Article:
Dennis D. McDonald (ddmcd@outlook.com) is an independent consultant located in Alexandria Virginia. His services and capabilities are described here. Application areas include project, program, and data management; market assessment, digital strategy, and program planning; change and content management; social media; and, technology adoption. Follow him on Google+. He also publishes on CTOvision.com and aNewDomain.

Alex Proyas' DARK CITY

Review by Dennis D. McDonald

My 2004 Review

This is what I wrote in my blog when, once upon a time in Indiana, I found myself working late at night with the TV turned on:

I’m working late and have TBS turned on to DARK CITY, one of my all time favorite movies.

I love this film. The story and images are fascinating. I particularly love the ending where Murdoch goes out into the sunlight for the first time and sees Jennifer Connelly and the spit of land known as Shell Beach. It’s lovely.

There should be more movies like this. The editing and details are terrific, like when the candles come on during one of the nightly “tunings,” you hear a small sound of ignition as the flames appear. Subtle but effective.

That pretty much sums up my reaction to this film, which was one of the very first DVD’s I bought back when I was just getting into DVD. I had seen DARK CITY when it opened in theaters (I was working in Schaumburg IL at the time) and I remember being in the audience with maybe ten other viewers; when the lights went on we sat there, stunned, and I couldn’t wait to see it again.

The DVD is a great package. I think that Roger Ebert’s commentary is a bit excessive at times; maybe that means that he provides the kind of commentary I wish I could provide had I as much knowledge as he has about movies!

I’ve never really played the Shell Beach game that is on the DVD. I’m content to love the film for its own sake. I don’t think director Alex Proyas will ever match this one, nor should he try. (I do like his follow up theatrical film GARAGE DAYS, which in most ways is completely different. I, ROBOT is also very enjoyable.)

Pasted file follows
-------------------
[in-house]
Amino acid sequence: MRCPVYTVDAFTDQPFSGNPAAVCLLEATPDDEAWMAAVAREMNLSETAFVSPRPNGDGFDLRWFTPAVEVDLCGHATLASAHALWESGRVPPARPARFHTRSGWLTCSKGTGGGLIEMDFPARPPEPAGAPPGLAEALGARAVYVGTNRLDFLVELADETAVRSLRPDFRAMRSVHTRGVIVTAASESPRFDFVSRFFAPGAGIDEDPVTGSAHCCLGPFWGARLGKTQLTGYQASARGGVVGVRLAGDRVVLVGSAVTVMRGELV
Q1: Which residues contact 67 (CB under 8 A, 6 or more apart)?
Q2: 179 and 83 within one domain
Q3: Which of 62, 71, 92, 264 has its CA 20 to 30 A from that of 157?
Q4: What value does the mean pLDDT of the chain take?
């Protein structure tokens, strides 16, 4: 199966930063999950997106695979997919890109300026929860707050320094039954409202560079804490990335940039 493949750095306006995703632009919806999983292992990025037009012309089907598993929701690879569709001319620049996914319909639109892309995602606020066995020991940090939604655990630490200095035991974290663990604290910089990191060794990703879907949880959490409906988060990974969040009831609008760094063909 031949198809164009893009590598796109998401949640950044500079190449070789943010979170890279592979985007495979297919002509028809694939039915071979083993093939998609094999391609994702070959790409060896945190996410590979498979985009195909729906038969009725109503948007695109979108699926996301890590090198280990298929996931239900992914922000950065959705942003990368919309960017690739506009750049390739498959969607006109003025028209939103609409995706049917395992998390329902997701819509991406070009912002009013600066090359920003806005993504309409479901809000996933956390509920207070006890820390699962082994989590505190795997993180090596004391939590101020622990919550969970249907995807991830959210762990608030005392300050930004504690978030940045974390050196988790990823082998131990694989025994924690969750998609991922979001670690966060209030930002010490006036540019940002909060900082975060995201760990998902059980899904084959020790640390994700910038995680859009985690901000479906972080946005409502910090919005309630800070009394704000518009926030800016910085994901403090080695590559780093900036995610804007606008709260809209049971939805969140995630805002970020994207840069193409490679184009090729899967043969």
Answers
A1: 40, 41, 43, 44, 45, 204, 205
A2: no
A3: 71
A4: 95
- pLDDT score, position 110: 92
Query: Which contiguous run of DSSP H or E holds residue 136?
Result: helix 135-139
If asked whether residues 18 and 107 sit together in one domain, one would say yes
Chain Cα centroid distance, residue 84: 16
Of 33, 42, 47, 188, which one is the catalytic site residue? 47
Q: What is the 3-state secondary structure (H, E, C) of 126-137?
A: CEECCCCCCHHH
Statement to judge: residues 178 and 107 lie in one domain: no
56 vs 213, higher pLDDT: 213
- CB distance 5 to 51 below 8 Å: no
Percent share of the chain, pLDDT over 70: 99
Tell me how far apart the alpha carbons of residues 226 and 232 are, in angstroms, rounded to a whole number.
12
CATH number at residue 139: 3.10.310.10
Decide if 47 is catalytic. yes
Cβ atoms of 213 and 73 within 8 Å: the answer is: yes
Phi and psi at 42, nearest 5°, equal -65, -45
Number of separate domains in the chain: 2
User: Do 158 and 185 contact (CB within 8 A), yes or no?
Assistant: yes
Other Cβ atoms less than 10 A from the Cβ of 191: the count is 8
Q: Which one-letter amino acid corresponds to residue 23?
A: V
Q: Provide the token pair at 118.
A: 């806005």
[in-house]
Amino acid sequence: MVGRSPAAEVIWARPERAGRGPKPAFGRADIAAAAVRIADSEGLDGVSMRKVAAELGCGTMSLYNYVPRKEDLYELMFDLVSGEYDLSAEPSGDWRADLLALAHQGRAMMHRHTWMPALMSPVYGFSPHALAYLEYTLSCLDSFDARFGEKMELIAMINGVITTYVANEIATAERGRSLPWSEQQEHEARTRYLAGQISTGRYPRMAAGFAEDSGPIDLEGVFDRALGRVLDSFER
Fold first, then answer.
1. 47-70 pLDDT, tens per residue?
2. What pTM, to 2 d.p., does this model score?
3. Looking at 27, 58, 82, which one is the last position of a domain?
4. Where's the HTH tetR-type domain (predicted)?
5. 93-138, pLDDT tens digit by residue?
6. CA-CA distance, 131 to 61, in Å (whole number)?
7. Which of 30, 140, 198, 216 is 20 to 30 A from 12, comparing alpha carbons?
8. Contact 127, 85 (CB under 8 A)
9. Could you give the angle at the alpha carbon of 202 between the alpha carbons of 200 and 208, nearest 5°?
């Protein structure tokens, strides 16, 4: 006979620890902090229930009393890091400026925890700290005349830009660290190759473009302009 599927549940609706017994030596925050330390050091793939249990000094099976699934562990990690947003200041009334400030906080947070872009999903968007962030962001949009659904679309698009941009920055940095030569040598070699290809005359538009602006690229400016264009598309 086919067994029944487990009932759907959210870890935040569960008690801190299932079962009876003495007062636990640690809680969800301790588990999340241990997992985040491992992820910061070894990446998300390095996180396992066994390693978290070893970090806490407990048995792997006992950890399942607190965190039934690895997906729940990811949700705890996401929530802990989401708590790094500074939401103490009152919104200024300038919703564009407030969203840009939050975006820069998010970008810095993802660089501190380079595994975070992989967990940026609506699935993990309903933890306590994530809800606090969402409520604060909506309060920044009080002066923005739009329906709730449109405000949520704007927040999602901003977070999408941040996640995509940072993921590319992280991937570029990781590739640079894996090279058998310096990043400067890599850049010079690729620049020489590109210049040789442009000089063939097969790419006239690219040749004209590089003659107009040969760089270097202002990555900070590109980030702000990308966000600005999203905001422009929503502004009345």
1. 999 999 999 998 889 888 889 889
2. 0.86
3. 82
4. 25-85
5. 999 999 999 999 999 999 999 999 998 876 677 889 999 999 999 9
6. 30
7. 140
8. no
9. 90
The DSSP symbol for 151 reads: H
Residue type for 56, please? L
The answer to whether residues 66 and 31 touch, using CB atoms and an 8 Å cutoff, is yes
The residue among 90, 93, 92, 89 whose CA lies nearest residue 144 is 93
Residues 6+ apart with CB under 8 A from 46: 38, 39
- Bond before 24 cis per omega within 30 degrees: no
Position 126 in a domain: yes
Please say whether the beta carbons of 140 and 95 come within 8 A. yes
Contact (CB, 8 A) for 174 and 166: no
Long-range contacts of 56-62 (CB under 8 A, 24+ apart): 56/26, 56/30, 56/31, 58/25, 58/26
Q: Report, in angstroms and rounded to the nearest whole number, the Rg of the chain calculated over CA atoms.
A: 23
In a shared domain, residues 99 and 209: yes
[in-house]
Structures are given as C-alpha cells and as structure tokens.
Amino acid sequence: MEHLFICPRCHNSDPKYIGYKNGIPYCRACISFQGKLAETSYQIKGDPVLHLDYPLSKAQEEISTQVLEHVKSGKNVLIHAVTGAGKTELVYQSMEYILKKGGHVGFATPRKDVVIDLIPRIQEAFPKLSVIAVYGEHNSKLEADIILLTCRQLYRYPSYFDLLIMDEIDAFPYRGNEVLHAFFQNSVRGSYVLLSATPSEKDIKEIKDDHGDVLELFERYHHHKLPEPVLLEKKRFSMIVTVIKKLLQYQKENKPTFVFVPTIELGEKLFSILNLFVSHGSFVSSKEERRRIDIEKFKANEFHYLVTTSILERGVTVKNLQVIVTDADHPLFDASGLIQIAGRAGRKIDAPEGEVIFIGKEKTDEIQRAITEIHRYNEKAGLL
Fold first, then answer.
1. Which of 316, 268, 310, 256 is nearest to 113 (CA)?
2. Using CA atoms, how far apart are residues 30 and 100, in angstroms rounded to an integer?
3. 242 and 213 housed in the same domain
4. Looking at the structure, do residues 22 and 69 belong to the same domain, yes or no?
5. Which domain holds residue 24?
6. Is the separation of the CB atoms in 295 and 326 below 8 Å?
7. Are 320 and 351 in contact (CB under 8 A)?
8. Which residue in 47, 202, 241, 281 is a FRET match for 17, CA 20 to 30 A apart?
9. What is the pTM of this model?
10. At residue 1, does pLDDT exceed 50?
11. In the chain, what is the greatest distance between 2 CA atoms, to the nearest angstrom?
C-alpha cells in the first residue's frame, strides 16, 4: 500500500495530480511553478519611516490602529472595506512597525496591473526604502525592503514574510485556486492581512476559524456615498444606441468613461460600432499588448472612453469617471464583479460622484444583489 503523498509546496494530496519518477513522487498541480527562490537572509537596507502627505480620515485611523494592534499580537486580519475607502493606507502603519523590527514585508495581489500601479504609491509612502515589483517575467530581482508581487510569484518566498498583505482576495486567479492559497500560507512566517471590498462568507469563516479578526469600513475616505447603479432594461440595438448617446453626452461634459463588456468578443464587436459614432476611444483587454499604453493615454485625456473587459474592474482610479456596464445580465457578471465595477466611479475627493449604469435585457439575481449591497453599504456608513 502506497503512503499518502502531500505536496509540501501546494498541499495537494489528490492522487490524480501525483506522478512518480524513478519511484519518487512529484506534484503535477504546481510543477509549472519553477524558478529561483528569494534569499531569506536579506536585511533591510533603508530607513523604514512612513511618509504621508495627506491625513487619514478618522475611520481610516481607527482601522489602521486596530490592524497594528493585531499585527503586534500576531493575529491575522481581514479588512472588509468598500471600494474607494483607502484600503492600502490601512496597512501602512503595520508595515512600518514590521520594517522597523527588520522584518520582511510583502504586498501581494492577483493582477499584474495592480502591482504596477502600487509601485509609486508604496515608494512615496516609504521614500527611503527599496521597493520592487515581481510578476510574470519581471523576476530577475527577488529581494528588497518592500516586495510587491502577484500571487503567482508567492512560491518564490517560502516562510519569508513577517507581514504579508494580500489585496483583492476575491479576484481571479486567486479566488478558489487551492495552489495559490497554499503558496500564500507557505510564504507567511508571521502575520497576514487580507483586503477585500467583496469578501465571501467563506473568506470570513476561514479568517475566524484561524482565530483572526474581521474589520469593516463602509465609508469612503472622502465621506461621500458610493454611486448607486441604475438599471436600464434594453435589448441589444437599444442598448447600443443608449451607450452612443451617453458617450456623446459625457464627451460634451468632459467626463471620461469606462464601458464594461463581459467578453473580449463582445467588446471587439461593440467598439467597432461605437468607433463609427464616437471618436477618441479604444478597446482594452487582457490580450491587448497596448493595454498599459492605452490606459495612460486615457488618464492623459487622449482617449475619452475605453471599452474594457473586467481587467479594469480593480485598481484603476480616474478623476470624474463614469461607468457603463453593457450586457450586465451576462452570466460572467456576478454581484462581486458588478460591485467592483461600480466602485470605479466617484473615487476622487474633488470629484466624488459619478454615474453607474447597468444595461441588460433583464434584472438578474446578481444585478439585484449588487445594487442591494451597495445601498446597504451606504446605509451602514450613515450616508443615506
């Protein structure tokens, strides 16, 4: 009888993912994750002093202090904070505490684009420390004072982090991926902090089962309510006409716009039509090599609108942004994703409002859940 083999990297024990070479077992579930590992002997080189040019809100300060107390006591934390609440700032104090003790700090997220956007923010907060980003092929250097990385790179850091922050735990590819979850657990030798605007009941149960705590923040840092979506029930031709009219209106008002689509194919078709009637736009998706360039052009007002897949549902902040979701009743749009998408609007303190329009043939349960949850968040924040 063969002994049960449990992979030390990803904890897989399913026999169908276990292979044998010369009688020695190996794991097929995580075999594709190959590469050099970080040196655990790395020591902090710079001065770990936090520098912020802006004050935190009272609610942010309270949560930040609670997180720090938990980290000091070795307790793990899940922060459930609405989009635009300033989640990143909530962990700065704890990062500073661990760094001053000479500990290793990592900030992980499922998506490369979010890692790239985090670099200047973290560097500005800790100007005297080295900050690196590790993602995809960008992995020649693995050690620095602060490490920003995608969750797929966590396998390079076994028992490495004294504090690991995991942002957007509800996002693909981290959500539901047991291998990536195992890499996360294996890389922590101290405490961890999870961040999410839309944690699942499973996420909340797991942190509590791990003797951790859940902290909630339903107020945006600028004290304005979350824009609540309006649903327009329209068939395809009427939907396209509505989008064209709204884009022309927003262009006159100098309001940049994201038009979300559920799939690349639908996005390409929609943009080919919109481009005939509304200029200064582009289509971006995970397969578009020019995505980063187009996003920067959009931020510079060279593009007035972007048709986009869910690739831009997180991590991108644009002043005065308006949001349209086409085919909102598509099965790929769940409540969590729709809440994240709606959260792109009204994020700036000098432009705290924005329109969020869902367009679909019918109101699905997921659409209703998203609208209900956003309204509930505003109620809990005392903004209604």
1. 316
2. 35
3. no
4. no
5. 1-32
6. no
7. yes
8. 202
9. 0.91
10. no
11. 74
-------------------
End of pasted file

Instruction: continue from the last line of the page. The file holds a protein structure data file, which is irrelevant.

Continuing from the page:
Interestingly, when I was in the process of hyperlinking this review to my movie review web page, I was unable to find an existing category to link the movie to - that’s indicative of DARK CITY, I think; it’s one of a kind.

My review of the 2008 Director’s Cut on DVD

The movie is a tad more complete. The character of the police inspector has been fleshed out a bit, a few additional scenes have been inserted, we hear Jennifer Connely’s own nightclub singing, and Dr. Schreber’s narration at the beginning is gone. Plus, some of the special effects have been cleaned up.

Is it significantly better? Not really; I thought it was excellent to begin with. My enjoyment of it has not dimmed with time. Still, the three separate commentary tracks are great additions.

Director Alex Proyas’ commentary is insightful and informative. He views the film from the perspective of long ago and provides many fascinating details of the production and its numerous false starts. He comments repeatedly about the problems of dealing with Hollywood “suits” and their insistence that he “dumb down” the movie. He makes this latter point so often I began feeling somewhat embarrassed that I had enjoyed the film so much the first time I saw it !

The two screenwriters’ separate commentary track is really interesting — if you are interested in writing and how art and movies are combined. What came though from me was that Proyas was willing to work creatively with these two and did not “hog” all the creative juices himself. That raises my respect for him even more. This is an intellectually stimulating conversation and reminded me of the commentary on one of the Lord of the Rings DVDs by Fran Walsh and Philippa Boyens.

Roger Ebert’s commentary is a combination of his original DVD commentary and newly recorded material. Hats off to Roger for promoting this movie so much over the years! I especially liked the references to how “generous” Proyas is in many scenes with their richness of detail. Also, how the resemblance of some scenes to Edward Hopper paintings is beyond me!

Copyright (c) 2004-2008 by Dennis D. McDonald

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